The Economics of Immigration, by IZA Research Fellows Cynthia Bansak (St. Lawrence University), Nicole B. Simpson (Colgate University) and Madeline Zavodny (Agnes Scott College), was just published by Routledge.
Since this topic is high on the IZA agenda, we wanted to know more and asked the authors:
Who should read your book?
Our textbook is geared towards undergraduate students who have taken an introductory economics course. This is the first textbook to comprehensively cover the economics of immigration at the undergraduate level, and it is suitable both for economics students and for students studying migration in other disciplines, such as sociology and politics. The book is international in scope, with examples from all around the globe.
You obviously put a lot of work into it. What was your motivation?
We wanted to provide students with the tools needed to examine the economic impact of immigration and immigration policies. Our goal is to help students develop an understanding of why and how people migrate across borders, and to show them how to analyze the economic causes and effects of immigration. To this end, students need to understand the decision to migrate, the impact of immigration on markets and government budgets, and the consequences of immigration policies in a global context.
Tell us more about the topics covered…
Key topics include the effect of immigration on labor markets, housing markets, international trade, tax revenues, human capital accumulation, and government fiscal balances. But the book also considers the impact of immigration on what firms choose to produce, and even on the ethnic diversity of restaurants and on financial markets, as well as the theory and evidence on immigrants’ economic assimilation.
We have included a comparative study of immigration policies in a number of immigrant-receiving and sending countries. Finally, the book explores immigration topics that directly affect developing countries, such as remittances, brain drain, human trafficking, and rural-urban internal migration. The idea is to equip students with the tools needed to understand and contribute to policy debates on this controversial topic.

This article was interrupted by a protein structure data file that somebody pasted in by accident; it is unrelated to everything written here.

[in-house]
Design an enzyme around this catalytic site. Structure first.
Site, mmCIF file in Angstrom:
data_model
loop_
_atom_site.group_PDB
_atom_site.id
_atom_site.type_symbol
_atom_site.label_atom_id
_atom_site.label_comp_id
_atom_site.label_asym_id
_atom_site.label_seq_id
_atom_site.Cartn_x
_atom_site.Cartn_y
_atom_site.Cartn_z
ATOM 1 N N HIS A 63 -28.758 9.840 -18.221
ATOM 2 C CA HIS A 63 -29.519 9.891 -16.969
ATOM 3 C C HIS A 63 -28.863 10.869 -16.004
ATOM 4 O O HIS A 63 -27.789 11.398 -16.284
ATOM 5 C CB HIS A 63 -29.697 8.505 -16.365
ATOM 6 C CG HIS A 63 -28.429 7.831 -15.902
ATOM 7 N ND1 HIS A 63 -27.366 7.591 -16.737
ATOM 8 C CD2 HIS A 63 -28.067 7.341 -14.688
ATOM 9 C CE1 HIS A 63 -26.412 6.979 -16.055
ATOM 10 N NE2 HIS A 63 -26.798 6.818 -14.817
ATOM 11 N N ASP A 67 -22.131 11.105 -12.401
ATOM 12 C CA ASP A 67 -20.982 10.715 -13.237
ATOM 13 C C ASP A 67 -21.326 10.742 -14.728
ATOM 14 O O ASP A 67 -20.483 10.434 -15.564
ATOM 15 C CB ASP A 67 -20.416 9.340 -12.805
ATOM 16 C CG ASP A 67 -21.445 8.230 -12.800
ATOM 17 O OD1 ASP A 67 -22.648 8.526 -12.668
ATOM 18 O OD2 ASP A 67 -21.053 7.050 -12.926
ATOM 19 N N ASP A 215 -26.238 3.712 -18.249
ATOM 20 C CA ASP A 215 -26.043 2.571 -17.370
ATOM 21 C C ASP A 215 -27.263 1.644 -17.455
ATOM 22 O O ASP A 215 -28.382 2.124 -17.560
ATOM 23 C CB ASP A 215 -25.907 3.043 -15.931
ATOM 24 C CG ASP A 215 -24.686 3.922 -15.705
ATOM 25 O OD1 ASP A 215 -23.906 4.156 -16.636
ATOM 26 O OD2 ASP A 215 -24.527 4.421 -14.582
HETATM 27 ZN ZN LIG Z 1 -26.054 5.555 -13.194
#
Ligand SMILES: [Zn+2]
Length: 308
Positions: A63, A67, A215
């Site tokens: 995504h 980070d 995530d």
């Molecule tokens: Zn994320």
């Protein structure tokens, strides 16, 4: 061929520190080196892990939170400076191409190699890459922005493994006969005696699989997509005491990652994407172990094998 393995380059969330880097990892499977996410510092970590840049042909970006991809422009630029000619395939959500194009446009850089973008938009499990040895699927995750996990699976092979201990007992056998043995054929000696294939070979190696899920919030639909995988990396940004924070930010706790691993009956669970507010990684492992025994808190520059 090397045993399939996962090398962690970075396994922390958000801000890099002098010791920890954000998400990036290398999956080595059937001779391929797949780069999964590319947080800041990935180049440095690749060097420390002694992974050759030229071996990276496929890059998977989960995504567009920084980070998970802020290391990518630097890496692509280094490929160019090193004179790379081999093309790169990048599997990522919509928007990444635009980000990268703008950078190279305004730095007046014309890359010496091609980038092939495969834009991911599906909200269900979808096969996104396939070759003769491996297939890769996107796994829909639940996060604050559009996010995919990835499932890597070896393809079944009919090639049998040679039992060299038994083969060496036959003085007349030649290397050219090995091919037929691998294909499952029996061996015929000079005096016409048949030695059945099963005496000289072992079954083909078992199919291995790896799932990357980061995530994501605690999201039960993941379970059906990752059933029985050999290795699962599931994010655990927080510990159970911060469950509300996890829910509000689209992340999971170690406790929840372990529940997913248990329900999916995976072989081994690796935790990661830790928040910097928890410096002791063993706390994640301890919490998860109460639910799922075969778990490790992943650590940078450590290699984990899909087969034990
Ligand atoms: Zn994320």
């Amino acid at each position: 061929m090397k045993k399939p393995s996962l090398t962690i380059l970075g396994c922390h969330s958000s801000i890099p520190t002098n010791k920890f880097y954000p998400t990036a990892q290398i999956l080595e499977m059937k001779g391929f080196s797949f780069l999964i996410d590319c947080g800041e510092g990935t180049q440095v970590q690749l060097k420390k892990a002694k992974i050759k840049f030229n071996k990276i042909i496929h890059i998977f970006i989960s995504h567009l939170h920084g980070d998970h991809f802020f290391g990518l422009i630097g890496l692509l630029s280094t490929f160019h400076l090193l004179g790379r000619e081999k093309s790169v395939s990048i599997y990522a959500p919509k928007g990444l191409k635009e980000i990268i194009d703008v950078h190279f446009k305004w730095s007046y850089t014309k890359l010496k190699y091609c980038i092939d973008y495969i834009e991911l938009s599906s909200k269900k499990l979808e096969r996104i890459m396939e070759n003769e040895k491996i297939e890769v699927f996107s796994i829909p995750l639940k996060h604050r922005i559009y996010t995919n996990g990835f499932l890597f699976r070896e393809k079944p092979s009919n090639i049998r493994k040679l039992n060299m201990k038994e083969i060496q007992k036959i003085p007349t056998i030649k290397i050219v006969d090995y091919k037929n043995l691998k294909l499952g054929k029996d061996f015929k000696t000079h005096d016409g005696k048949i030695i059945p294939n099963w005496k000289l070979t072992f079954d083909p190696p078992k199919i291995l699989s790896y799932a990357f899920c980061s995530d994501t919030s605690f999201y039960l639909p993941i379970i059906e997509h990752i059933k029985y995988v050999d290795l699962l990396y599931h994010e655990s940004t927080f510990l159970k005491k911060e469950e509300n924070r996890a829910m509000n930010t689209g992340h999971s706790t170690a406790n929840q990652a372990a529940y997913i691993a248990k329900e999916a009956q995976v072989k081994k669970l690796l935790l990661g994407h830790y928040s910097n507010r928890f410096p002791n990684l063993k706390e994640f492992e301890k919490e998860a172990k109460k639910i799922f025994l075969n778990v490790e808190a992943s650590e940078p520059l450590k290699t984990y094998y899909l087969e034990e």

Did you also draw on IZA research?
Absolutely. In fact, we cite more than 30 IZA articles and working papers in the textbook. There has been an explosion of research on the topic of immigration in the last two decades, much of which has been facilitated by IZA, and we have made a concerted effort to place recent findings at the center of our discussions in the book.
Through its Migration Program Area, IZA focuses research on the many dimensions of international and internal migration. In books, chapters, journal articles and discussion papers, IZA researchers examine adjustment among the migrants and their descendants in the destination country, the effects of immigration on both origin and destination countries, and public policies that affect migration. This book discusses the work of many IZA researchers on this topic and makes their findings accessible and relevant to undergraduates.
Do you provide any online material?
Yes, having timely online resources is an important aspect of our textbook as we recognize how much immigration patterns and policies are topics of heated debate and appear regularly in the news. The textbook is accompanied with a companion website with resources for students and instructors and a blog that connects students and instructors to recent events and debates related to immigration.
For more information on the book go to the Routledge page.